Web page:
So I take a lot of pictures of our friend's pets. But come on! This is Olaf. I love him.

Oh Pinche Tacos. Words cannot describe the deep deep love we have for you. 


Hi Coor's field and Mile High Stadium!

See ya next time, Colorado!

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April 22, 2015

Life Lately
























Today's iphone photo-dump is brought to you by my latest chapter in life that I like to call "working from home, and by for myself, minus a paycheck, plus a whole lot of happiness." Since I haven't posted much about my everyday life in a while, I figured it was time for a little update. Basically, I left my job at the Art Supply shop at the end of February, just a few days before my trip, with the goal of committing myself full-time to building my own business that I am hoping to launch later this year. Without divulging too many juicy details just yet, this has been a dream of mine for over a decade, and I finally started putting the wheels in motion to make it a reality at the end of summer last year. The long-term plan is to have a brick-and-mortar shop, possibly here in San Clemente, but as such things require a whole lot of capital ($$$), I am hoping to start with something small and web-based that I can manage from home. While I have a pretty firm grasp on the general concept, design, and, to probably use a word incorrectly, "ethos" behind the business itself, I am still in the early stages of bringing it to life (read: living with a paralyzing fear of spending real money on something that is entirely my responsibility. Sure, I throw myself full-speed into building and consulting on other people's businesses and careers, but my own? Yikes. Pressure, dude. )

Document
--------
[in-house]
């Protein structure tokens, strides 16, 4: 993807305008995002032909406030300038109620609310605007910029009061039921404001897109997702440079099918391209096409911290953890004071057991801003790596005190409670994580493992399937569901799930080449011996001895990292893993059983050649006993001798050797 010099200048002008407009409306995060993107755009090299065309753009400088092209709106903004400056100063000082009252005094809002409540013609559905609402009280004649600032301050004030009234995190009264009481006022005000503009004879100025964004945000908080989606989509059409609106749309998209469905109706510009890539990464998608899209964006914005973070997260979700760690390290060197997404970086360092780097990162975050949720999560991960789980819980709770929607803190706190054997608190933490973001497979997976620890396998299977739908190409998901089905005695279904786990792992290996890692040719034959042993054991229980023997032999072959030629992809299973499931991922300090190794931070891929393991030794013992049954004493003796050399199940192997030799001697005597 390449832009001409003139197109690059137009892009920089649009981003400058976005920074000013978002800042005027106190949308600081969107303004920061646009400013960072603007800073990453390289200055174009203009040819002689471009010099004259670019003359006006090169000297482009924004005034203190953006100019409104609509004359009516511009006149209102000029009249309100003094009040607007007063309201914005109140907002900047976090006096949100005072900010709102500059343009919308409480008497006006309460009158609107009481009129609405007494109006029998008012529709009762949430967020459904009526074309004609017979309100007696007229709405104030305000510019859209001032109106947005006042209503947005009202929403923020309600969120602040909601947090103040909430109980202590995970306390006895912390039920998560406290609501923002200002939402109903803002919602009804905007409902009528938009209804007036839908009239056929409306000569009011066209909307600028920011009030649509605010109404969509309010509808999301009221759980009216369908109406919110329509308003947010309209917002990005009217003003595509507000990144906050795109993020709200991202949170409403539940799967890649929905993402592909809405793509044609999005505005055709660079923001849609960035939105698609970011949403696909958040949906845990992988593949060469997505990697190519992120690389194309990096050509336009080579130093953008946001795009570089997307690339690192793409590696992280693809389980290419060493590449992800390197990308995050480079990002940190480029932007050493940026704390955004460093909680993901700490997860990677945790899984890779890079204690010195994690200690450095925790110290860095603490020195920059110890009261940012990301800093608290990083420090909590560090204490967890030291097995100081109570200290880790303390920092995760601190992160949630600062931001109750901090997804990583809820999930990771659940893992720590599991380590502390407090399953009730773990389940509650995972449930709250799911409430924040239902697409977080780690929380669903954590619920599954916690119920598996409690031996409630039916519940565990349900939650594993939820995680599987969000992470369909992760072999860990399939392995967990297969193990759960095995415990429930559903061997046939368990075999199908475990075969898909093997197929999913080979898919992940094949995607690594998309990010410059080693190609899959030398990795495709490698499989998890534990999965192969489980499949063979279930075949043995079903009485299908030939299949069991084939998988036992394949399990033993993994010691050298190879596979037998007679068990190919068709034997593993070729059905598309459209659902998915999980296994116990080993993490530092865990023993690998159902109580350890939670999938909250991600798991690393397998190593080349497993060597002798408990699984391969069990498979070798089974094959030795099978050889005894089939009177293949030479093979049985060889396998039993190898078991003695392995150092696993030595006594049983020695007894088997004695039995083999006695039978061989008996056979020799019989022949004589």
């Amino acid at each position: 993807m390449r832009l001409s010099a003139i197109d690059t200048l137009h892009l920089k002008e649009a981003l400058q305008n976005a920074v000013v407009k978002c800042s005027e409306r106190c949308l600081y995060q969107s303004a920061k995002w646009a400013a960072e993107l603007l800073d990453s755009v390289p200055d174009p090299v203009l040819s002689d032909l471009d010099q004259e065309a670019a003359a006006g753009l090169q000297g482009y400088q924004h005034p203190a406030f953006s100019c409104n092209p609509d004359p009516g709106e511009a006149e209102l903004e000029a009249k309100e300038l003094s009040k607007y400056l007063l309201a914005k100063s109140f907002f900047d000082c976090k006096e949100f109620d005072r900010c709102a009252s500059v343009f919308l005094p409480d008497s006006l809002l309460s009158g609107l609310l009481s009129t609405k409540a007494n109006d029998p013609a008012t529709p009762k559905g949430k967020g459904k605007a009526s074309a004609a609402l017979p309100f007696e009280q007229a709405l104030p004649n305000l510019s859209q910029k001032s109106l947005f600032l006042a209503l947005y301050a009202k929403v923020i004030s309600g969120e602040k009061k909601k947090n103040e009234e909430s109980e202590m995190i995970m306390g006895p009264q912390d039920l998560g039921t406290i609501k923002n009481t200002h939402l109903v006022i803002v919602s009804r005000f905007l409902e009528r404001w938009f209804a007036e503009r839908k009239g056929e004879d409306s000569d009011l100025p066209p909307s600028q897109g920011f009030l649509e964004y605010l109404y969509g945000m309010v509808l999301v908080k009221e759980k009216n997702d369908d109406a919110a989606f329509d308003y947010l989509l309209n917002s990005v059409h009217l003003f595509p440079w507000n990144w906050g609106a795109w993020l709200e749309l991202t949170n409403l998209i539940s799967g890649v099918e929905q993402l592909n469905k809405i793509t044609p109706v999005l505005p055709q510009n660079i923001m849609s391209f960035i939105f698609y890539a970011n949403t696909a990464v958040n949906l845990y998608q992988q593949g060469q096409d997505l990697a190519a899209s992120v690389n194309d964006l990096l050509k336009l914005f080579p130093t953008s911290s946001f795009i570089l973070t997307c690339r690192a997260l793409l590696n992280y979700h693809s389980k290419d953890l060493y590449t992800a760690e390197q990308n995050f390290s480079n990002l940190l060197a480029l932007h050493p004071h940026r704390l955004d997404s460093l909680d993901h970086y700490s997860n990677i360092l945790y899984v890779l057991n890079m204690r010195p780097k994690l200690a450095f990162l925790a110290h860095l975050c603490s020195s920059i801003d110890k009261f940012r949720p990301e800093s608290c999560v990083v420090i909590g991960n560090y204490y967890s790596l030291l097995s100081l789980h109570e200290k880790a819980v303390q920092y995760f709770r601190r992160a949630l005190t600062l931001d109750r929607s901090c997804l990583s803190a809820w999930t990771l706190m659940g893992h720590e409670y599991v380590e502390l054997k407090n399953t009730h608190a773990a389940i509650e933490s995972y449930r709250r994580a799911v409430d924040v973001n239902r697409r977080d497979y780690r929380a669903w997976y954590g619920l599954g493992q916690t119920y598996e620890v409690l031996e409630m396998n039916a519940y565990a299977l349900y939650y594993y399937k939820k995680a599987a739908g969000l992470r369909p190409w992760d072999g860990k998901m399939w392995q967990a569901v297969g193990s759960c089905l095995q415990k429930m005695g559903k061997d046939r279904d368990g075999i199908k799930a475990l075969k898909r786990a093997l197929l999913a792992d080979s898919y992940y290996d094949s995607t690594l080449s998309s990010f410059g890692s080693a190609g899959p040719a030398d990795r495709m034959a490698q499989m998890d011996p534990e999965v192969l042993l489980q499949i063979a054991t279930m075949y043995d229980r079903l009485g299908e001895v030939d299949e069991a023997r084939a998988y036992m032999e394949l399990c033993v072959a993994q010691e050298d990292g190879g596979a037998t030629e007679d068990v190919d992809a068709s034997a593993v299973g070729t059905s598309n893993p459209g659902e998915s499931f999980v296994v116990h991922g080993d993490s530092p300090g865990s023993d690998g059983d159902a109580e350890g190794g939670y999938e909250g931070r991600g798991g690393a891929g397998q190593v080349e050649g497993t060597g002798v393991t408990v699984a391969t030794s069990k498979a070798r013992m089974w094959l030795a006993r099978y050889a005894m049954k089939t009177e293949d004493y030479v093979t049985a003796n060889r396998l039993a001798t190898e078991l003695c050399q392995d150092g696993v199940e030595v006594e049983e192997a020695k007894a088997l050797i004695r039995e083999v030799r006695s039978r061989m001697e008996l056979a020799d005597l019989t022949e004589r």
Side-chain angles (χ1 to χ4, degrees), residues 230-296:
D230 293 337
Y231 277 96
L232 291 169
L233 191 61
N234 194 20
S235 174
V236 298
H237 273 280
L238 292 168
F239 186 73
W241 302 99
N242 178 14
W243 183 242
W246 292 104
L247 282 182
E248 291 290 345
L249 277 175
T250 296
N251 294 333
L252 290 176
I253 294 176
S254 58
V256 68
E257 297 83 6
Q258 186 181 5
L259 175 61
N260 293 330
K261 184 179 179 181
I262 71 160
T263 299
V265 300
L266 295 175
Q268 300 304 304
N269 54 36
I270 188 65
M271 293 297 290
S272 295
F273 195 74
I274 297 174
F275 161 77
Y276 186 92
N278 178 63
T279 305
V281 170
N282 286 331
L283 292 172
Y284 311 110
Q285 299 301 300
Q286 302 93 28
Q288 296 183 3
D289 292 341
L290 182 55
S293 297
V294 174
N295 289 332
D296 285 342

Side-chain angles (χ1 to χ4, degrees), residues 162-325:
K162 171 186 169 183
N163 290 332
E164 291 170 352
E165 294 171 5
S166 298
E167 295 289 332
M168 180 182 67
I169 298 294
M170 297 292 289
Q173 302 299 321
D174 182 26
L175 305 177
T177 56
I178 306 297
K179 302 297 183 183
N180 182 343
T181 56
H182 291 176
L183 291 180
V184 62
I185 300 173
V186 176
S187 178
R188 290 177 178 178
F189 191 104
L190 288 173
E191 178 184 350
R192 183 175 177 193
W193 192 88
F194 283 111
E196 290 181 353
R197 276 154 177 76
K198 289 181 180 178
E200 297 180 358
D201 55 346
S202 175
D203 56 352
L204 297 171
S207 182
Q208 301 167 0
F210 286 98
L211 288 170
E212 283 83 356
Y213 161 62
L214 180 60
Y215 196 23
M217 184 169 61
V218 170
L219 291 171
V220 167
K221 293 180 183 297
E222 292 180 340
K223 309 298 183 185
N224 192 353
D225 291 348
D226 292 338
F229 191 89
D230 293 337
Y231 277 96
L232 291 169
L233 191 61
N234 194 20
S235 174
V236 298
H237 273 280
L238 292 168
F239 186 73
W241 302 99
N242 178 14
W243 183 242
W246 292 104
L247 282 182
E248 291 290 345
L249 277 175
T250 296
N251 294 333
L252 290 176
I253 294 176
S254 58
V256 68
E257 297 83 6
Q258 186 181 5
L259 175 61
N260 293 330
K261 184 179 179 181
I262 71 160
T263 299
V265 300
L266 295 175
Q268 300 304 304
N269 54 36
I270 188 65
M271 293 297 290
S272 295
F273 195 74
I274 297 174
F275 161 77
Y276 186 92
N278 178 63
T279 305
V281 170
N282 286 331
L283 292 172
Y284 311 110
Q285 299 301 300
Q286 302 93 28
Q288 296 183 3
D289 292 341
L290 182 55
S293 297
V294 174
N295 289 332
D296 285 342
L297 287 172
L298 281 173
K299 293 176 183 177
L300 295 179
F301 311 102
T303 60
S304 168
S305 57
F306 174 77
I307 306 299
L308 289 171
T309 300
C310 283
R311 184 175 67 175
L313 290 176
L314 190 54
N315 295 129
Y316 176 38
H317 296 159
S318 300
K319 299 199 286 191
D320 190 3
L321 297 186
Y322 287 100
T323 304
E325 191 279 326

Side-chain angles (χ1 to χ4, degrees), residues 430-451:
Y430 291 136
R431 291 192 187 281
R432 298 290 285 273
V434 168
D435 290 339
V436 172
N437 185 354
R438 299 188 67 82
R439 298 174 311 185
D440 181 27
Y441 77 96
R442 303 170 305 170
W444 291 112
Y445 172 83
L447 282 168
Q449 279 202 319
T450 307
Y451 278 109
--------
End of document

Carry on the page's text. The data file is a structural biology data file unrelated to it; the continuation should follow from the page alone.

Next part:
But anyway, despite me, the past few weeks of adjusting to my new "schedule" have been nothing short of rewarding and rejuvenating. They have been spent enjoying meals with people I love, refreshing the neglected spaces of our home, taking field trips to the new dog park, putting my feet in the ocean, creating in my studio, and apparently drinking plenty of cocktails. There's a big part of me that struggles with the guilt of feeling like I'm not "contributing" enough each day, mostly because of the whole no-paycheck-yet thing, but I am constantly being reminded that this was the best decision for me and my little family. When Dan works a 12-hour day and can come home to a clean house, warm meal, and happy pets, I feel full. I know that the work I am putting into my business now, on the front-end, is just as important as the days spent placing orders and cutting paychecks will be eventually. And people wiser and more experienced than me keep reminding me that these things, business-planning-things, always take more time than we expect them to. One day I will probably look back on these quieter days with longing and wonder why I was in such a rush to move on. When I start feeling overwhelmed and anxious I need to remind myself to stay present, breathe, and a pour a glass of wine, it'll all be just great.